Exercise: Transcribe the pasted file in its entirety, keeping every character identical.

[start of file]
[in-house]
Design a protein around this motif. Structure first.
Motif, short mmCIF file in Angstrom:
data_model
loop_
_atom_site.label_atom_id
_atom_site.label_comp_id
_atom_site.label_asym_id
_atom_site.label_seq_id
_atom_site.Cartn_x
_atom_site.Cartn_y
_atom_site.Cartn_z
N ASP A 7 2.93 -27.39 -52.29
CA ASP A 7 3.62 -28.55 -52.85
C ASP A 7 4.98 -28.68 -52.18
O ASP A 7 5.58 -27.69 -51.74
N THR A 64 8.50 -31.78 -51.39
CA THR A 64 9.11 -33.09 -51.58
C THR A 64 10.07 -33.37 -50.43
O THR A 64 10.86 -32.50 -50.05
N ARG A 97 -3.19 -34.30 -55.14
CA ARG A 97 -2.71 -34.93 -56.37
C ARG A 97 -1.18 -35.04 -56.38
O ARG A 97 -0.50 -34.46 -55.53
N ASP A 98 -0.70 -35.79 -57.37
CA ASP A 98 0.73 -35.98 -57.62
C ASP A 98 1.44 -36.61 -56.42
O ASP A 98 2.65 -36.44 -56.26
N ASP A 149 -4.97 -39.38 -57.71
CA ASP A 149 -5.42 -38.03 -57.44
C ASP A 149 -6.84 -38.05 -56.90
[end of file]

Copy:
[in-house]
Design a protein around this motif. Structure first.
Motif, short mmCIF file in Angstrom:
data_model
loop_
_atom_site.label_atom_id
_atom_site.label_comp_id
_atom_site.label_asym_id
_atom_site.label_seq_id
_atom_site.Cartn_x
_atom_site.Cartn_y
_atom_site.Cartn_z
N ASP A 7 2.93 -27.39 -52.29
CA ASP A 7 3.62 -28.55 -52.85
C ASP A 7 4.98 -28.68 -52.18
O ASP A 7 5.58 -27.69 -51.74
N THR A 64 8.50 -31.78 -51.39
CA THR A 64 9.11 -33.09 -51.58
C THR A 64 10.07 -33.37 -50.43
O THR A 64 10.86 -32.50 -50.05
N ARG A 97 -3.19 -34.30 -55.14
CA ARG A 97 -2.71 -34.93 -56.37
C ARG A 97 -1.18 -35.04 -56.38
O ARG A 97 -0.50 -34.46 -55.53
N ASP A 98 -0.70 -35.79 -57.37
CA ASP A 98 0.73 -35.98 -57.62
C ASP A 98 1.44 -36.61 -56.42
O ASP A 98 2.65 -36.44 -56.26
N ASP A 149 -4.97 -39.38 -57.71
CA ASP A 149 -5.42 -38.03 -57.44
C ASP A 149 -6.84 -38.05 -56.90